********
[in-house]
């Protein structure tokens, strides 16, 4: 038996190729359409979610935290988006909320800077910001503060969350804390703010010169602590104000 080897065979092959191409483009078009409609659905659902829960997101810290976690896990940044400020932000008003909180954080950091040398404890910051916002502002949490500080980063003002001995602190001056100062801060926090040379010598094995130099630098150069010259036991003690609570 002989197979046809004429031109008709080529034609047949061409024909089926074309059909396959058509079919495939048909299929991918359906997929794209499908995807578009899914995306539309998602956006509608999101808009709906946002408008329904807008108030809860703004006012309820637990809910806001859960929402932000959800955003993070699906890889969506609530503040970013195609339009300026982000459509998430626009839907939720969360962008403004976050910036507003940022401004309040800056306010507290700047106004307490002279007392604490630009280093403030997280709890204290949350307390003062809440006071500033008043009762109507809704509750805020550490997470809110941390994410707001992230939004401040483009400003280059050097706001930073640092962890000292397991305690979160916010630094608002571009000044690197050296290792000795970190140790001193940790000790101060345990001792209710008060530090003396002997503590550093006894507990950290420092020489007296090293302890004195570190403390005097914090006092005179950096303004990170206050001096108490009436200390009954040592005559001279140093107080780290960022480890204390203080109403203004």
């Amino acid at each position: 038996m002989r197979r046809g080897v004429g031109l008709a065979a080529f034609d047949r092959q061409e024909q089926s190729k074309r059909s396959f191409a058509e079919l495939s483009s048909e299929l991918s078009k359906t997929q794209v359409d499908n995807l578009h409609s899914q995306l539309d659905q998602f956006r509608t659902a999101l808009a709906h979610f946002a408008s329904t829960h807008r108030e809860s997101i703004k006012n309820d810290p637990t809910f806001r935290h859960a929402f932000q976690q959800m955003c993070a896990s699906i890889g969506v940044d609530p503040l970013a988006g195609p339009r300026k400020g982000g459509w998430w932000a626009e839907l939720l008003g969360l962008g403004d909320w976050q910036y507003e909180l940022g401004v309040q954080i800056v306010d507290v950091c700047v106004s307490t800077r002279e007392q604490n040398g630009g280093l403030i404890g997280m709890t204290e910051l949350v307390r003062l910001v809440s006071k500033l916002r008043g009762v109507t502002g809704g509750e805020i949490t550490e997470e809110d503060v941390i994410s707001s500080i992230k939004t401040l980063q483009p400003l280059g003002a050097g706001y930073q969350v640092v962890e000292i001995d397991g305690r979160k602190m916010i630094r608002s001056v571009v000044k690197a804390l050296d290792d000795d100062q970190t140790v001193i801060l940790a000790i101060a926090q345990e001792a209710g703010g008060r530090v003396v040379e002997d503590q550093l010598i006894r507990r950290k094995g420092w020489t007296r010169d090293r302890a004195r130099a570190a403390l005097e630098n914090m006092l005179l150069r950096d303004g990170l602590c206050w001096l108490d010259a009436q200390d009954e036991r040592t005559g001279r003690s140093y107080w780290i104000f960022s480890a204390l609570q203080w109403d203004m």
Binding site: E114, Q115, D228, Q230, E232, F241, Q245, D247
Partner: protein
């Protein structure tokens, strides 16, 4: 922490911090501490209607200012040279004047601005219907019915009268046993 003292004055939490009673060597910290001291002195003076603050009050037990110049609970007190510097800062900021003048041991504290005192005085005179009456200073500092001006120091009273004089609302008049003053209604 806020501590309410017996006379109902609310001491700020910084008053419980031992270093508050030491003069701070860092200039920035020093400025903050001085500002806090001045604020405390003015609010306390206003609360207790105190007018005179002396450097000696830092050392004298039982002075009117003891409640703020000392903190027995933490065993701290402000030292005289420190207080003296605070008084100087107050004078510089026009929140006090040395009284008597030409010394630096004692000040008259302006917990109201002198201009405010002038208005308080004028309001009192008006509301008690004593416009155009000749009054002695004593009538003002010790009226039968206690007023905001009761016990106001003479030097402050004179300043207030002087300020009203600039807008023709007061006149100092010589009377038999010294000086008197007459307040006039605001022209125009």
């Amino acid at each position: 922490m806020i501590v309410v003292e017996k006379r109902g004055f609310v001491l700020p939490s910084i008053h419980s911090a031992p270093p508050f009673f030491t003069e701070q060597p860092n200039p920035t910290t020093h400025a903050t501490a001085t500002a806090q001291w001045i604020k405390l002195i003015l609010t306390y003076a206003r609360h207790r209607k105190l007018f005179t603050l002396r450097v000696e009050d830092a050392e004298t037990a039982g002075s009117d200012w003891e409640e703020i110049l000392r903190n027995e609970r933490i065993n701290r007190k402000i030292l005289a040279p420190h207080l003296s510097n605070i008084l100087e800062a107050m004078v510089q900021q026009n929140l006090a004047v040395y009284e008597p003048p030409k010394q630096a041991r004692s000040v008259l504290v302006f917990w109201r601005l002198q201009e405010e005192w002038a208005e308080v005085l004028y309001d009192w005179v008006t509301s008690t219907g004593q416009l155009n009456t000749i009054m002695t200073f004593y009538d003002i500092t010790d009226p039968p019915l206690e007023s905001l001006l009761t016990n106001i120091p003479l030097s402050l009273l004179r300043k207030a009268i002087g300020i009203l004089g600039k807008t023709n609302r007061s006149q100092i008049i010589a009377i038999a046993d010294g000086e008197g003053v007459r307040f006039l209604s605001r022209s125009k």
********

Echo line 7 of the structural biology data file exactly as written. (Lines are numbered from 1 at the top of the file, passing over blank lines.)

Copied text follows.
């Amino acid at each position: 922490m806020i501590v309410v003292e017996k006379r109902g004055f609310v001491l700020p939490s910084i008053h419980s911090a031992p270093p508050f009673f030491t003069e701070q060597p860092n200039p920035t910290t020093h400025a903050t501490a001085t500002a806090q001291w001045i604020k405390l002195i003015l609010t306390y003076a206003r609360h207790r209607k105190l007018f005179t603050l002396r450097v000696e009050d830092a050392e004298t037990a039982g002075s009117d200012w003891e409640e703020i110049l000392r903190n027995e609970r933490i065993n701290r007190k402000i030292l005289a040279p420190h207080l003296s510097n605070i008084l100087e800062a107050m004078v510089q900021q026009n929140l006090a004047v040395y009284e008597p003048p030409k010394q630096a041991r004692s000040v008259l504290v302006f917990w109201r601005l002198q201009e405010e005192w002038a208005e308080v005085l004028y309001d009192w005179v008006t509301s008690t219907g004593q416009l155009n009456t000749i009054m002695t200073f004593y009538d003002i500092t010790d009226p039968p019915l206690e007023s905001l001006l009761t016990n106001i120091p003479l030097s402050l009273l004179r300043k207030a009268i002087g300020i009203l004089g600039k807008t023709n609302r007061s006149q100092i008049i010589a009377i038999a046993d010294g000086e008197g003053v007459r307040f006039l209604s605001r022209s125009k």